YOUR PROFESSIONAL WEBSITE
By Linda Adams
You've just decided to put up a website to promote yourself
as a writer. Obviously, you want to
make it look the best you can, but you don't have a lot of web design
experience. What should you do?
Start by thinking of it as a professional business site, not
a personal site. It is marketing
you as the writer, so you want to make the best impression. After all, you don't submit a manuscript to an editor with
coffee stains, ripped pages, or in the wrong format.
The same applies to your website. Show
them your best.
Okay, you may not want to spend $25 a month on a paid host.
Especially since free sites are still available.
Let's look at what the free sites offer.
Advertising on every page, some of the ads blinking incessantly ... popup
ads that are equally annoying. Such
annoyances on the free sites damage your professional image as much as a
Worse still are the problems that can come with the free
sites. How about that time the
server crashed for two weeks, and you had to recreate all the files because they
were lost? Or the time the site
shut down because your site exceeded the bandwidth?
Is that the image you want to present to a potential agent
for your work? Professionalism
counts. If a website is worth
doing, it is worth doing well. Yes,
it will cost money for your own site. But
the message it sends is invaluable. It
says you are serious and committed to your writing.
My co-author had strong doubts about our site until he saw what I did,
and now he's my biggest fan.
You'll need to carefully plan the content layout.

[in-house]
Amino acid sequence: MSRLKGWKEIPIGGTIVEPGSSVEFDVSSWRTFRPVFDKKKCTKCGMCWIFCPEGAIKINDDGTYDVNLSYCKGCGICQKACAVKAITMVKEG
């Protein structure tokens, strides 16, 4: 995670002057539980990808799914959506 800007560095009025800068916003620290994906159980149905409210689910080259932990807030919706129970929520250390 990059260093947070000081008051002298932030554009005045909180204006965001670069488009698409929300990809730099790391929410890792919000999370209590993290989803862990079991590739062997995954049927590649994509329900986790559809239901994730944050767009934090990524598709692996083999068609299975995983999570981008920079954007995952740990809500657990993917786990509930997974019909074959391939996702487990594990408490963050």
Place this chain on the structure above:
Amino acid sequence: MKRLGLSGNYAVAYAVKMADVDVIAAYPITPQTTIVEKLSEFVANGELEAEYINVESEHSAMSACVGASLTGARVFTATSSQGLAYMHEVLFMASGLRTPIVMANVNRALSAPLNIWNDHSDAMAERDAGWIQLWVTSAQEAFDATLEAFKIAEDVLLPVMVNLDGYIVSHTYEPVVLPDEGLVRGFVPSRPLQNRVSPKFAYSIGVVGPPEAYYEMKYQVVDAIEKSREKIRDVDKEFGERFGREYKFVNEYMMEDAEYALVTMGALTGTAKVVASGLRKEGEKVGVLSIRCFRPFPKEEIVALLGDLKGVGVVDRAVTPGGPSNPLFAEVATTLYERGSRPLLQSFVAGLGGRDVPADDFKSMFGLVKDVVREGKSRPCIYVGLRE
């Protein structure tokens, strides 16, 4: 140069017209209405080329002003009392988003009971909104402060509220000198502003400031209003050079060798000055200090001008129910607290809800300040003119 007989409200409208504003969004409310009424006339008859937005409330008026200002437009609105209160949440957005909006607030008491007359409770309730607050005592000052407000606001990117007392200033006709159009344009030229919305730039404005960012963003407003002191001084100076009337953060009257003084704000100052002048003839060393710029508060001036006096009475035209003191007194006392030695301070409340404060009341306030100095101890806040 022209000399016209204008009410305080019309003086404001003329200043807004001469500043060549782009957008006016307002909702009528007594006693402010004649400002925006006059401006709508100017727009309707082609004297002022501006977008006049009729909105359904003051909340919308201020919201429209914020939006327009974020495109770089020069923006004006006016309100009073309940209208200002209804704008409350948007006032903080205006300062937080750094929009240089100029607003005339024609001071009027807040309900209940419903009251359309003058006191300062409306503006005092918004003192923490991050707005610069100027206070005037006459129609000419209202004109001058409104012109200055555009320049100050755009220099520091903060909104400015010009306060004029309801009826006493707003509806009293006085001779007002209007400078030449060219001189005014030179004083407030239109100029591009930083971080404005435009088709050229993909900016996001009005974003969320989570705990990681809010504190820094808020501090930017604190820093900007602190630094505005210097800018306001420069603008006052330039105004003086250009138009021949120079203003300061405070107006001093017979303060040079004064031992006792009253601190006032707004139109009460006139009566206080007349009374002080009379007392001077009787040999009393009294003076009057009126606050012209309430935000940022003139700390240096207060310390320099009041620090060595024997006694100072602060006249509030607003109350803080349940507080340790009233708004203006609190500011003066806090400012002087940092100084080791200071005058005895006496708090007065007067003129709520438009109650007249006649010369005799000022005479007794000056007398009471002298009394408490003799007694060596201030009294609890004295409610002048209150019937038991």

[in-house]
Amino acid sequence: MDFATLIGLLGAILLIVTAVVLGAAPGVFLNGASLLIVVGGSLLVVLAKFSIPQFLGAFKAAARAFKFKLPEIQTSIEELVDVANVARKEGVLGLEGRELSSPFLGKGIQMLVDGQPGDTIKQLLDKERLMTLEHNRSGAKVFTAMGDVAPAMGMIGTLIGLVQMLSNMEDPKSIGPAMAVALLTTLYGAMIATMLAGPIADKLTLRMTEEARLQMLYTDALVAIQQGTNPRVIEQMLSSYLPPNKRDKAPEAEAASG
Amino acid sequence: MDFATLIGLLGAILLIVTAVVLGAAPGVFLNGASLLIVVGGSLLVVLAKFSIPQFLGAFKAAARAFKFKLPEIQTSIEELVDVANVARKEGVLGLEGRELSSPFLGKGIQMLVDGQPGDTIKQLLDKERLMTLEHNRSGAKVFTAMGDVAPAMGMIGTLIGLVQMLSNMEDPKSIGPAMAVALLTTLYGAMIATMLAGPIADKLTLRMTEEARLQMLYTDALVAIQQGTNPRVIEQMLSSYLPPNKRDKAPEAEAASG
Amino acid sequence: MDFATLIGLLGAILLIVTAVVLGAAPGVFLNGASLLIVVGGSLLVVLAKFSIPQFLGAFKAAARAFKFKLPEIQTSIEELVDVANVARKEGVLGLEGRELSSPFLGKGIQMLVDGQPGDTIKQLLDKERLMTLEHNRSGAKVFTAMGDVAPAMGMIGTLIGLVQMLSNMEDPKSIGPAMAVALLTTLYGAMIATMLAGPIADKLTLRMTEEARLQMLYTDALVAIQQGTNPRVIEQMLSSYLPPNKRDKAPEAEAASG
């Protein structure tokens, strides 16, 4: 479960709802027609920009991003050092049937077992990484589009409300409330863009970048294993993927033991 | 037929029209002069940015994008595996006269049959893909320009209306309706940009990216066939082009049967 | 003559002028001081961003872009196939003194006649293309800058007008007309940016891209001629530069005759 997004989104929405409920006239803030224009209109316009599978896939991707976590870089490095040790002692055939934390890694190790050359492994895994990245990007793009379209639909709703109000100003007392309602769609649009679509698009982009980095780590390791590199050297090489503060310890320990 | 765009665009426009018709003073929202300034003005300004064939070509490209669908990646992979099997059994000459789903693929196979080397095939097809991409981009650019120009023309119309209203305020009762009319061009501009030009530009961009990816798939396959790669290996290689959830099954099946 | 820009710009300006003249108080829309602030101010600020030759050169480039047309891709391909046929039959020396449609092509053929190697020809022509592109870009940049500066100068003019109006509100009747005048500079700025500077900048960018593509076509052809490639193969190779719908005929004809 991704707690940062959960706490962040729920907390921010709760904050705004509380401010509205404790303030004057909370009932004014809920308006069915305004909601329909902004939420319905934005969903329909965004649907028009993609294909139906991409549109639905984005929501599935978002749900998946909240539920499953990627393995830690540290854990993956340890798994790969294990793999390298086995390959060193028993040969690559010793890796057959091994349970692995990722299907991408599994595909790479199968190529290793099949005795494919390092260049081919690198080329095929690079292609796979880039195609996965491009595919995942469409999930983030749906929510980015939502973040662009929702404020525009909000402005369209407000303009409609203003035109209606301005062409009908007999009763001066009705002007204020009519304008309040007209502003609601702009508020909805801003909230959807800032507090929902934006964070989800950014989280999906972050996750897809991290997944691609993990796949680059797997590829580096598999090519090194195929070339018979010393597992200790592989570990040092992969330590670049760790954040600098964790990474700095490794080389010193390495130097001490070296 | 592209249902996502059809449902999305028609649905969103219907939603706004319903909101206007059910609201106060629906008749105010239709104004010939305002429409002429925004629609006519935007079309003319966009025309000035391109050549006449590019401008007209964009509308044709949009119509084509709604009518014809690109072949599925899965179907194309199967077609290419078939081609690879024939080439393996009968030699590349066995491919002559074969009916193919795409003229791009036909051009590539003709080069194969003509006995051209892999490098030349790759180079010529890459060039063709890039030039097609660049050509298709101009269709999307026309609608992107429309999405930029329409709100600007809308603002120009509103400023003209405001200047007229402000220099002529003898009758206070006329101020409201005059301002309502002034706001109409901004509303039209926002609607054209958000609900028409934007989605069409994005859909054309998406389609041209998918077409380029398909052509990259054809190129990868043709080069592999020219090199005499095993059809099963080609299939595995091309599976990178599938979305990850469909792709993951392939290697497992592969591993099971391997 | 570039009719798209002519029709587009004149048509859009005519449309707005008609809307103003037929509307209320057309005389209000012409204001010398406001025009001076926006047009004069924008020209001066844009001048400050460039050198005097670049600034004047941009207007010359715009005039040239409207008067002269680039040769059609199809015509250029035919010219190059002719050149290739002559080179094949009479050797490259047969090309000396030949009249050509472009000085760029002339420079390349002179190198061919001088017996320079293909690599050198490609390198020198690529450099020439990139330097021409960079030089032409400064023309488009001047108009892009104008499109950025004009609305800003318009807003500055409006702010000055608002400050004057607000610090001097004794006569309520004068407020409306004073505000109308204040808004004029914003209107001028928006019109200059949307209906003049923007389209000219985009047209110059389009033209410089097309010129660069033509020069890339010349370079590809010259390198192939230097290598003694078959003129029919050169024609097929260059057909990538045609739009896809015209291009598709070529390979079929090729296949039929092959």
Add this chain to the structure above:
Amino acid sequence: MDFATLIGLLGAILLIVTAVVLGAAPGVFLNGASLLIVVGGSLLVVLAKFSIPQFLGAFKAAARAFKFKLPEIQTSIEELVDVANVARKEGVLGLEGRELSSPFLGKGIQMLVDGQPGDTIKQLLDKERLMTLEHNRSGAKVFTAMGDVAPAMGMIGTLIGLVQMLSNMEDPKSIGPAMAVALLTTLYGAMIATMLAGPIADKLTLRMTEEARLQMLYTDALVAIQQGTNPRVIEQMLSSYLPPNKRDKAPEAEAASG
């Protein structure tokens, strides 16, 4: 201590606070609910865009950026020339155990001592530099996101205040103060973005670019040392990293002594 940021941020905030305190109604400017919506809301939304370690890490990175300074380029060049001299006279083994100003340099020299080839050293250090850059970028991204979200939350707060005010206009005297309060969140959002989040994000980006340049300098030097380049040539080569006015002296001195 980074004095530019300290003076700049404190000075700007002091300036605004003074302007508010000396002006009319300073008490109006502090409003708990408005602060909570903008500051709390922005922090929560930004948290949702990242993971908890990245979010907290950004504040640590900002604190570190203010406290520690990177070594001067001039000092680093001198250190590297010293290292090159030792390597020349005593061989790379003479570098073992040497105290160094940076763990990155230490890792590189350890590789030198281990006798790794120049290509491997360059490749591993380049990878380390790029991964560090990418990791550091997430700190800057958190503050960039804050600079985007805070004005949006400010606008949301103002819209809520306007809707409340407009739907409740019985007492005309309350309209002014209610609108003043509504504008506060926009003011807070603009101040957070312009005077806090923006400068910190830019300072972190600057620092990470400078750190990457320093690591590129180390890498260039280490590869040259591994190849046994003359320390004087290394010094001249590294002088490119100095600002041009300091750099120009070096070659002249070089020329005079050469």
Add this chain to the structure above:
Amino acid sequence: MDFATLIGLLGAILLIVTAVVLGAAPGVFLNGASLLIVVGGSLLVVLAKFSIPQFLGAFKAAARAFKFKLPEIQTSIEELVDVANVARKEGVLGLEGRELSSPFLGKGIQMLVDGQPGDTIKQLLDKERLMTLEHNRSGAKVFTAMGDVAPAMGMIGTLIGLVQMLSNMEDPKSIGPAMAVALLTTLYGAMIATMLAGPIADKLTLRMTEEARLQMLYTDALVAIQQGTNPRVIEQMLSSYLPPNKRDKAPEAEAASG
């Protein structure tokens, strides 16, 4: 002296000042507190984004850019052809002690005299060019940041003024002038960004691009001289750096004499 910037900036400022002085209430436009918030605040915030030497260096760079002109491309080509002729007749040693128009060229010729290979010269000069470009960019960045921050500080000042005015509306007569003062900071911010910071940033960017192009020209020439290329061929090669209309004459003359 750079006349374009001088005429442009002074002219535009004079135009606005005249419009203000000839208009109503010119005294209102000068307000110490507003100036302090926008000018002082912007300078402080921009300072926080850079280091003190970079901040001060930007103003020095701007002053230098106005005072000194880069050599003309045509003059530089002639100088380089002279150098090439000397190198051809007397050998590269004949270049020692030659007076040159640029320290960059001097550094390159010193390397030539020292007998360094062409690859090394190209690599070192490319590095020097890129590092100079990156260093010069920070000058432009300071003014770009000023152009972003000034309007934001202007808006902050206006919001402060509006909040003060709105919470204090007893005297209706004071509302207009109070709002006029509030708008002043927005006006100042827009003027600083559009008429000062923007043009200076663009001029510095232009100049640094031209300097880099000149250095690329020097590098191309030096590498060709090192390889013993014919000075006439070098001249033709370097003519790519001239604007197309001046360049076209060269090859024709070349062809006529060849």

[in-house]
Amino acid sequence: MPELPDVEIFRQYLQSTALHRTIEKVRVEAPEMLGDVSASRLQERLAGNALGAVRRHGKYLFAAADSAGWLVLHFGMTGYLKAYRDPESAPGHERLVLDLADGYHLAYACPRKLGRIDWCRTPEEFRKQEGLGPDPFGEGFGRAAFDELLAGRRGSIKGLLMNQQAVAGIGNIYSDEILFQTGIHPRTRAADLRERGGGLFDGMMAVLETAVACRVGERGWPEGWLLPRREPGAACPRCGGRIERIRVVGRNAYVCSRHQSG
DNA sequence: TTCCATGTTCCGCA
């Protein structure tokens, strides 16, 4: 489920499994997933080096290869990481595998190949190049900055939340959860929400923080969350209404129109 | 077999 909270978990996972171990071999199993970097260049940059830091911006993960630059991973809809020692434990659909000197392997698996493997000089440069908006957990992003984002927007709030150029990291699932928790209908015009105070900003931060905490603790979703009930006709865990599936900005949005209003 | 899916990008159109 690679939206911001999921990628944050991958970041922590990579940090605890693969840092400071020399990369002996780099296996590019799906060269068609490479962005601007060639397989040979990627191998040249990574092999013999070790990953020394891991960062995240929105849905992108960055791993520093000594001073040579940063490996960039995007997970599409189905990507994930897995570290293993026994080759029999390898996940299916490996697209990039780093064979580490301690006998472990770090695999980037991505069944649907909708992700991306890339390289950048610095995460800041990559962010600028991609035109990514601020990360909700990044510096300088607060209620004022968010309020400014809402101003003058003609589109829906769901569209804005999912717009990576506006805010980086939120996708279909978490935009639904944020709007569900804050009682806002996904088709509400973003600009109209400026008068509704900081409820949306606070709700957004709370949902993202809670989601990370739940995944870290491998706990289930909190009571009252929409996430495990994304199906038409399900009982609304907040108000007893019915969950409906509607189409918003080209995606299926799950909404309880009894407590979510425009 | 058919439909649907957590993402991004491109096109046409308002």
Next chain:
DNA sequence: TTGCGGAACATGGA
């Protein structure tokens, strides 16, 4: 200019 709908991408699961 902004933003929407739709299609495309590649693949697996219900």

All the pretty graphics in the world aren't going to help if you have
three pages of fluff and ten pages under construction.
One site for a professional organization had nearly thirty links under
construction--and the site had been up for a year.
That wastes the time of the visitors, and they won't come back.
The main page is the most important.
It is the first impression your visitors have of you.
Many people try to write some kind of introduction to their site or
themselves. This actually defuses
the impact your site because it tells instead of shows.
Instead, you want to show them what you are.
List a few of the highlights on the site you feel may interest them.
Of course you should have a publication news section, but it should be
relatively unobtrusive and not the focus of the entire page.
You can have a link to an internal page containing more details.
just published your e-book and you want to promote it. Shouldn't it be really, really big so everyone knows you've
Ah, but you're doing a professional site.
You're not bragging to the world "I've been published!"
You're marketing yourself, and it is, quite simply, classier to keep it
subtle and professional. This gives
you a quiet suavity most sales sites will never have.
But before highlighting your e-book, think of your bigger
purpose. If all you want to do is
sell one e-book, then that should be the focus of your site.
But if your writing career goal is mainstream, you need to be attractive
to the primary publishing houses and your readers.
Until e-books make big money, emphasizing you e-book decreases your